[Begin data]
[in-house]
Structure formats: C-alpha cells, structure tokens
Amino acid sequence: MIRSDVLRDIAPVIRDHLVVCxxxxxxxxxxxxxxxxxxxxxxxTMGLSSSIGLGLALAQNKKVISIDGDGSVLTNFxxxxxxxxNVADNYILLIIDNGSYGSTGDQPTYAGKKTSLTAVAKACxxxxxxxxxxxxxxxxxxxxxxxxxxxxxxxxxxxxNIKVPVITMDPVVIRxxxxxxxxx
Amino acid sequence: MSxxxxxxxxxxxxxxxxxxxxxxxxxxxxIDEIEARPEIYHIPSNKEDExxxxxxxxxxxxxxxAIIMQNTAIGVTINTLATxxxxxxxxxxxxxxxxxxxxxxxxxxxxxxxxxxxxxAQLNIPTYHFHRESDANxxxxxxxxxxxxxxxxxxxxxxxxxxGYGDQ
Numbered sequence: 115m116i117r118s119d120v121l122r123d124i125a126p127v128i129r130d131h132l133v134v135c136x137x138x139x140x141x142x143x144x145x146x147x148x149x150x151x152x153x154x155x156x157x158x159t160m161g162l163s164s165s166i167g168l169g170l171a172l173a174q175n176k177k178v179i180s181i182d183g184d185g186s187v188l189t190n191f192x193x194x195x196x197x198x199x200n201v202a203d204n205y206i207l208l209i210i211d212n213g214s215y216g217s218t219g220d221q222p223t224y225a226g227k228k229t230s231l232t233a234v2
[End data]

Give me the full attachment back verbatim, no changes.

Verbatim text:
[in-house]
Structure formats: C-alpha cells, structure tokens
Amino acid sequence: MIRSDVLRDIAPVIRDHLVVCxxxxxxxxxxxxxxxxxxxxxxxTMGLSSSIGLGLALAQNKKVISIDGDGSVLTNFxxxxxxxxNVADNYILLIIDNGSYGSTGDQPTYAGKKTSLTAVAKACxxxxxxxxxxxxxxxxxxxxxxxxxxxxxxxxxxxxNIKVPVITMDPVVIRxxxxxxxxx
Amino acid sequence: MSxxxxxxxxxxxxxxxxxxxxxxxxxxxxIDEIEARPEIYHIPSNKEDExxxxxxxxxxxxxxxAIIMQNTAIGVTINTLATxxxxxxxxxxxxxxxxxxxxxxxxxxxxxxxxxxxxxAQLNIPTYHFHRESDANxxxxxxxxxxxxxxxxxxxxxxxxxxGYGDQ
Numbered sequence: 115m116i117r118s119d120v121l122r123d124i125a126p127v128i129r130d131h132l133v134v135c136x137x138x139x140x141x142x143x144x145x146x147x148x149x150x151x152x153x154x155x156x157x158x159t160m161g162l163s164s165s166i167g168l169g170l171a172l173a174q175n176k177k178v179i180s181i182d183g184d185g186s187v188l189t190n191f192x193x194x195x196x197x198x199x200n201v202a203d204n205y206i207l208l209i210i211d212n213g214s215y216g217s218t219g220d221q222p223t224y225a226g227k228k229t230s231l232t233a234v2